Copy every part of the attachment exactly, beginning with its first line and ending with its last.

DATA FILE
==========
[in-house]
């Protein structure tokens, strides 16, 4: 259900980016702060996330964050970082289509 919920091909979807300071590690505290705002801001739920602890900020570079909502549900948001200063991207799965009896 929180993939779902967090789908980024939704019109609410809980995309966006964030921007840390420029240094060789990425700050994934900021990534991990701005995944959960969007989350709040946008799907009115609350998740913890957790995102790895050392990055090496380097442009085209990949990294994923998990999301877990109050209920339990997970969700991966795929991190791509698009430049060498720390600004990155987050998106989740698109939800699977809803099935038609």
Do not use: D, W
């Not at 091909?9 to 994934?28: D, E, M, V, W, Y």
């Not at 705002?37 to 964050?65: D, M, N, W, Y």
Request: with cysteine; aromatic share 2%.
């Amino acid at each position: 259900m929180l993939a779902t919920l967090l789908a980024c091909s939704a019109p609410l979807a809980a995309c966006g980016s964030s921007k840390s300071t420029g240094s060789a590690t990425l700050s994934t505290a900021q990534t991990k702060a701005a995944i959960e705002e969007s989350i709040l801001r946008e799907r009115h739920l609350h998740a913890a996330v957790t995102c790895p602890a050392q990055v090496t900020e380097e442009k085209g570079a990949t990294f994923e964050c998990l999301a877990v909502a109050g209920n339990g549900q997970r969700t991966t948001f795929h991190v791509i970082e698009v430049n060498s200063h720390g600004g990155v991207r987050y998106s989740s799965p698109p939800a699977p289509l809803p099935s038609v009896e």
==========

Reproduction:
[in-house]
């Protein structure tokens, strides 16, 4: 259900980016702060996330964050970082289509 919920091909979807300071590690505290705002801001739920602890900020570079909502549900948001200063991207799965009896 929180993939779902967090789908980024939704019109609410809980995309966006964030921007840390420029240094060789990425700050994934900021990534991990701005995944959960969007989350709040946008799907009115609350998740913890957790995102790895050392990055090496380097442009085209990949990294994923998990999301877990109050209920339990997970969700991966795929991190791509698009430049060498720390600004990155987050998106989740698109939800699977809803099935038609």
Do not use: D, W
């Not at 091909?9 to 994934?28: D, E, M, V, W, Y």
């Not at 705002?37 to 964050?65: D, M, N, W, Y």
Request: with cysteine; aromatic share 2%.
């Amino acid at each position: 259900m929180l993939a779902t919920l967090l789908a980024c091909s939704a019109p609410l979807a809980a995309c966006g980016s964030s921007k840390s300071t420029g240094s060789a590690t990425l700050s994934t505290a900021q990534t991990k702060a701005a995944i959960e705002e969007s989350i709040l801001r946008e799907r009115h739920l609350h998740a913890a996330v957790t995102c790895p602890a050392q990055v090496t900020e380097e442009k085209g570079a990949t990294f994923e964050c998990l999301a877990v909502a109050g209920n339990g549900q997970r969700t991966t948001f795929h991190v791509i970082e698009v430049n060498s200063h720390g600004g990155v991207r987050y998106s989740s799965p698109p939800a699977p289509l809803p099935s038609v009896e």